|Plot Summary of Object of Virtue|
Touchstone, May 2004, 14.00, 284 pp.
Russian art expert His Highness Prince Alexander “Sasha” Ozerovsky learned about the art of his family's native country from his mother while growing up in New York. Currently he works at New York's premier small auction house, Leighton, hoping to find that rare item preferably a Faberge egg or at least a major Romanov piece.
Dimitri Durakov insists on meeting with the “Prince” because he claims to have a Faberge original that has ties to Sasha's family. As Sasha tries to authenticate the item that is either a brilliant find or an incredible fake, his family sues alleging ownership. Sasha's boss Dr. Anne Holton places him on a leave of absence to avoid any hint of conflict of interest while the courts resolve the legal issue. Sasha journeys to Russia to see more of this private collection not realizing that he will run afoul of the Russian mob when he begins to determine that some of the items are brilliant forgeries.
Though the details into the Faberge eggs and other Russian art are intriguing, entertaining and educational, this depth at times overwhelms the prime plot. Still OBJECT OF VIRTUE is an enjoyable art thriller that portrays a deep morality drama played on two stages. The key individuals such as the hero and his father struggle with personal desires vs. doing the right thing. On a greater scale they represent the country-wide trauma of the Old Russia and its heritage vs. the new Russia seeking a better place for its people. Insightful and well written, readers will appreciate this fine look at Russia through its art, past and present.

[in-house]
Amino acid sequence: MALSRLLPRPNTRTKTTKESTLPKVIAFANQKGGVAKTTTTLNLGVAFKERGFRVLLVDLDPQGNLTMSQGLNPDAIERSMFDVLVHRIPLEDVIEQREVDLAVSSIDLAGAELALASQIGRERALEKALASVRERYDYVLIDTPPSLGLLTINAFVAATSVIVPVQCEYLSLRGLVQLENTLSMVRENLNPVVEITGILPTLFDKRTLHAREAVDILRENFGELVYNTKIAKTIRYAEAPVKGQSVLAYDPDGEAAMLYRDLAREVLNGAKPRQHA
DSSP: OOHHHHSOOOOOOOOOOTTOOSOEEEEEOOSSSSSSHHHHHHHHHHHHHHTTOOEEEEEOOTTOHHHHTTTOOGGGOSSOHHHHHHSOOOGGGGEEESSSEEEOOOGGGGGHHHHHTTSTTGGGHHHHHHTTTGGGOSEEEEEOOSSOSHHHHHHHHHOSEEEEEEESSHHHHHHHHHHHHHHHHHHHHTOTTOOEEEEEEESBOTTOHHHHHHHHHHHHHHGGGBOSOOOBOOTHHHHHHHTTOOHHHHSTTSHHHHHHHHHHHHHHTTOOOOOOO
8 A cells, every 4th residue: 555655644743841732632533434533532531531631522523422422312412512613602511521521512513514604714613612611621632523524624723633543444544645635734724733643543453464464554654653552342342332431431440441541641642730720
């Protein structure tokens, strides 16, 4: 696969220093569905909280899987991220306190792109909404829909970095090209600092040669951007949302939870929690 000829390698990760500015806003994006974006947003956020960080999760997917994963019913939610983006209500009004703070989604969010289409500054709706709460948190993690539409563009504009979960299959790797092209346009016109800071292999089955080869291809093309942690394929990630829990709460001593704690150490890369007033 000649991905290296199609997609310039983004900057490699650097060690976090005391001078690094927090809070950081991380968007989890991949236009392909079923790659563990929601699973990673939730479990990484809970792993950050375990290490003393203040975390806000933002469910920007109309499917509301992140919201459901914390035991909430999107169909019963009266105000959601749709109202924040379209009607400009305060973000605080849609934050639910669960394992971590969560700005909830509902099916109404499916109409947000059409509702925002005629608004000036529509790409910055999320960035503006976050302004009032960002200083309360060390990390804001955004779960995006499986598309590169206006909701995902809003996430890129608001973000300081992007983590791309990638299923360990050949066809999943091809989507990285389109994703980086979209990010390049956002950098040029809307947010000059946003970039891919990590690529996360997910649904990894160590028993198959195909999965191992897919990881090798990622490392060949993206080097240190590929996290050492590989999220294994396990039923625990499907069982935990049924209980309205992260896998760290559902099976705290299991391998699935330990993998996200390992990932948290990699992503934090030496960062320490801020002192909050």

This synopsis report prepared by Harriet Klausner
|Chapter Analysis of Object of Virtue|
Ratings are on a 1-10 scale (Low to High)
Composition of Book
descript. of violence and chases - 10%
Planning/preparing, gather info, debate puzzles/motives - 40%
Feelings, relationships, character bio/development - 40%
How society works & physical descript. (people, objects, places) - 10%
Tone of story
- suspenseful (sophisticated fear)
Time/era of story:
- 2000+ (Present)
Kid or adult book?
- Adult or Young Adult Book
- white collar fraud or theft
General Crime (including known murderer)
Who's the criminal enemy here?
- Wussian Mob
Accounts of torture and death?
- generic/vague references to death/punishment
Amount of dialog
- significantly more dialog than descript
Note: the views expressed here are only those of the reviewer(s).
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